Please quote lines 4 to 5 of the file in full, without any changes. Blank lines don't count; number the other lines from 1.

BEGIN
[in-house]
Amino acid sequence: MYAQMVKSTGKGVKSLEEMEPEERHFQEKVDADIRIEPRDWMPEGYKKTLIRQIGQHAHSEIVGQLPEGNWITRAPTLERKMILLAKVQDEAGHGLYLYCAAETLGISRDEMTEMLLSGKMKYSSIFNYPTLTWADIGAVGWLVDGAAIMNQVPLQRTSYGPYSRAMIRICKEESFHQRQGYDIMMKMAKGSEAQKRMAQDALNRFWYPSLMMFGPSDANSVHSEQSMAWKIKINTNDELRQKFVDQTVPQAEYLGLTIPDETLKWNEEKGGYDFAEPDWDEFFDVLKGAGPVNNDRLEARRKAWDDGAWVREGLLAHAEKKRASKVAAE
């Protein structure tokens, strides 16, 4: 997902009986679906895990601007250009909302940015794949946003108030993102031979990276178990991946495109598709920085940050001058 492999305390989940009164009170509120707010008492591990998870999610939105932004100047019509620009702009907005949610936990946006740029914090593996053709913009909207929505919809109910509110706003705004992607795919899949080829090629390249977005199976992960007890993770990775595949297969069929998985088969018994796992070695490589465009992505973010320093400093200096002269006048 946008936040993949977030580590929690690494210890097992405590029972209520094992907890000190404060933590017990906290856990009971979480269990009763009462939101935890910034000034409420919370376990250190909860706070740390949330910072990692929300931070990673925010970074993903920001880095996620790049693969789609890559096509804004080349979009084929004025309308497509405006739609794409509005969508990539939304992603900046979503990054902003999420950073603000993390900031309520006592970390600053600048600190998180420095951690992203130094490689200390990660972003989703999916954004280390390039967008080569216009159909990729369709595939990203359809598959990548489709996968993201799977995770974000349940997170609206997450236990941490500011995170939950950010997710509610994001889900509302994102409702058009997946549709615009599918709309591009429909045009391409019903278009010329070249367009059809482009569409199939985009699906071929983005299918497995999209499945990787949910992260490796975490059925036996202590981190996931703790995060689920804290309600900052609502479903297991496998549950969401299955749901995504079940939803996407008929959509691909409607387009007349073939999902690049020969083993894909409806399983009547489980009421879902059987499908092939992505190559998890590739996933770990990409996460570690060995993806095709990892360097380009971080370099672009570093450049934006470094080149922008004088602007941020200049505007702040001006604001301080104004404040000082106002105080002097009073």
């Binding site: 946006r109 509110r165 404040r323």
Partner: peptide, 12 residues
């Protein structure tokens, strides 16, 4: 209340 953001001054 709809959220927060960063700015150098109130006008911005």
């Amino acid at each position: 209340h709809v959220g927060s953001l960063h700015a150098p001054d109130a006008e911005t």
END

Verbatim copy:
């Binding site: 946006r109 509110r165 404040r323």
Partner: peptide, 12 residues